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found guilty. an awful lot of allegations and none of them have been proven in court to my knowledge. maybe later. but have you worked that out? >> transparency. we have to know what is happening. that means acknowledging which office is and what those settlements are in those kinds of things. i think there ought to be personal dollars involved in the settlements of it is that they member of congress. stuart: okay, now we are told there is more to come. is that the buzz on capitol hill? >> that is very much to does. talking to my female colleagues we know there is legislation looking at this from a couple of my colleagues, ryan costello and jackie speier, looking at how we deal with this and frankly how we deal with this as a society. there is a greater conversation happening and it should be happening and i'm glad it's happening even though it's an ugly conversation, one that needs to be had. stuart: you can't say this
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disappearing, resolution come i can't see that. i see this as a long-running nasty story of great pain for so many women. i just don't see it going away. stuart: sexual harassment is not going it's going to be around and that's why we need to take serious steps towards addressing it. stuart: extraordinary series of revolutions. stuart: the amazing part in one of those affidavit that says they use congressional resources to find people from washington d.c. and if that's the case you ought to resign. >> bill hyde think republican of michigan thank you. we appreciate that. high tax states facing in accidents, a huge outflow of taxpayers who enters the question. how does big government survived with high income earners don't fund it? that's not a lot of them very
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stuart: they're getting nervous. lawmakers in high-taxed states face exodus of taxpayers, big trouble. how do they survive when the taxpayers that fund it leave? here's the story. it is very likely that the tax package will get rid after deduction extremely valuable to high income earners. in states where taxes are high, the 1% will end up paying more. the democrats claim that the rich get all the breaks. that claim is laughable. and wrong. in new jersey, new york, california, illinois, elsewhere, they get a tax increase. you may have no sympathy whatsoever for that 1%. they are going to react. like it or not they will react. they will move. the exodus has been going on for years. it is about to become a glad. good. the high taxed states the jig is
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up. taxing the rich won't work. they will move. very high tax rate new jersey, the new governor wants to tax the rich even more. in a moment you will meet a leading democrat from new jersey who is publicly admitted he is very worried. the second hour of "varney & company" is about to begin. ♪ ♪ stuart: you don't know who that is, i will tell you who that is. that is brian ben berg and pete hegseth. they're both regulars on this program. apparently, yes -- [laughter] they're both regulars as you can see. benburg and what is your name again? hegseth.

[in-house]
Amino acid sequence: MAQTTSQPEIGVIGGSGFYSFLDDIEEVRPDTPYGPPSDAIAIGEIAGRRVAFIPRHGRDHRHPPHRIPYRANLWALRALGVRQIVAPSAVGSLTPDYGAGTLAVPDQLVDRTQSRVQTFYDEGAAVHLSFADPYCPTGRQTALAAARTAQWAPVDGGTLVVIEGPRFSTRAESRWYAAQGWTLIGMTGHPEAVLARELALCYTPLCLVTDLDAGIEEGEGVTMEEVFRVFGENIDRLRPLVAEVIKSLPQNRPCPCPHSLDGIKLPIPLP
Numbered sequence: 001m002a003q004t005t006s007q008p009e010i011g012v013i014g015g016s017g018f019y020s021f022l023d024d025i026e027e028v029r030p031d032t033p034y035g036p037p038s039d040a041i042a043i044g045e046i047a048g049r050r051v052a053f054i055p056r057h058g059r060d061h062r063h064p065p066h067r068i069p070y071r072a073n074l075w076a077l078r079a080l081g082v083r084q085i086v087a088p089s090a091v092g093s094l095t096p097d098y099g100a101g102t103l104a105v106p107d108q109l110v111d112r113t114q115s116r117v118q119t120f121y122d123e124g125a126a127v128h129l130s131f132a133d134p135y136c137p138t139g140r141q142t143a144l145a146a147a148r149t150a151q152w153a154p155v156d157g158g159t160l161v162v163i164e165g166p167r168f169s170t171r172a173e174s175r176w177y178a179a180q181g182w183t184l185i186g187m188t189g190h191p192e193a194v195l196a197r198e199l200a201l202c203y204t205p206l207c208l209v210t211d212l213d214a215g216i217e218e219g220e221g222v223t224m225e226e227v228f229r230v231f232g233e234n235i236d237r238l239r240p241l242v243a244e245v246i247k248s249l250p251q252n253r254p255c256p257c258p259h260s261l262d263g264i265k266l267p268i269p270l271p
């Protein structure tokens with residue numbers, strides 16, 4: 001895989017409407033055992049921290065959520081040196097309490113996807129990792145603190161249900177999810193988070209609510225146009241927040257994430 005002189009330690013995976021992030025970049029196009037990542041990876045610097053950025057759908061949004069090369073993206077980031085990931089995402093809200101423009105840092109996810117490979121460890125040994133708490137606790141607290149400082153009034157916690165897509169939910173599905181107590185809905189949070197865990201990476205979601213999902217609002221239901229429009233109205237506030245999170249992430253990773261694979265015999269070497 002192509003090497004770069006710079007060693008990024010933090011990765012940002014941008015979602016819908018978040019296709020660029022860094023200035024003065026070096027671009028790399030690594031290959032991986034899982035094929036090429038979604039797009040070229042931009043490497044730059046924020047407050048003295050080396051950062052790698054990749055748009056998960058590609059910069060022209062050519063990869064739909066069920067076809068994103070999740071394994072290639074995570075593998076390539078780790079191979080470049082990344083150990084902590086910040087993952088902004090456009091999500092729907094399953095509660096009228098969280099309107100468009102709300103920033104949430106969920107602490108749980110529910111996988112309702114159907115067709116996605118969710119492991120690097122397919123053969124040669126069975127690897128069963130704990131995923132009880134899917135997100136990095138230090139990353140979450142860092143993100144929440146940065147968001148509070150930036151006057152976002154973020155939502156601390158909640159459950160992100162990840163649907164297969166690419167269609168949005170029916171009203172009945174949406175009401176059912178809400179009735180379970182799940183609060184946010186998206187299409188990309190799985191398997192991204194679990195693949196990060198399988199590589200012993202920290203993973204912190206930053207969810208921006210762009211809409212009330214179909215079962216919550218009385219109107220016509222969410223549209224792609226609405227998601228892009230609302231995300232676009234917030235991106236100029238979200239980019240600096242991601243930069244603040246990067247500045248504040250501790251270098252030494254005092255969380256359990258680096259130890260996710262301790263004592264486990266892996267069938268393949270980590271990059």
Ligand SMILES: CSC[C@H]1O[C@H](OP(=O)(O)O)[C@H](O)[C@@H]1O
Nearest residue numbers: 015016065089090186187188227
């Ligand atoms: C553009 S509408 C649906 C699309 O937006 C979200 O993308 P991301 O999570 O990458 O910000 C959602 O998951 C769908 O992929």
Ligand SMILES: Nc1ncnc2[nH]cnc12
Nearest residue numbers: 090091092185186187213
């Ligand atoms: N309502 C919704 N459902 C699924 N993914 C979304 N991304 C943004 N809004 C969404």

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that is picture when they were nine or 10 years old. we will reunite them on the show. which one are you. >> i'm on the left. bren berger, we called him. is on the right. ashley: encouraging signs for the housing market. although we still have a lack of inventory which surety hads. but overall, solid. stuart: that is helping good news on the economist. that is good news. home sales are up. liz: home depot hit a record high. stuart: home depot hit a record high. the dow industrials are up 134 points. the strong economy really helps. show me big tech stocks. what is going on with them?
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most of them are higher or up. facebook, amazon, microsoft, alphabet, apple in a upside in generally up market. look at this. very good earnings at palo alto networks. they had some strong upgrades. citigroup, raymond james, rbc, barclays all came in, palo alto networks they are going up and they have. eight, nearly 9% up. other cyber stocks as we call them are up as well. cybersecurity on the upside across the board. look at palo alto up 9%. record sales at urban outfitters. there is a retailer doing well. they're up just 40 cents, but that is nearly 1 1/2%. the gop tax plan gets rid of the federal reduction for state and local taxes. you know what that means. in new jersey the incoming democrat governor wants to raise the tax on millionaires, raise it afresh, anew, big tax, going from current 8.9% to 10.75%.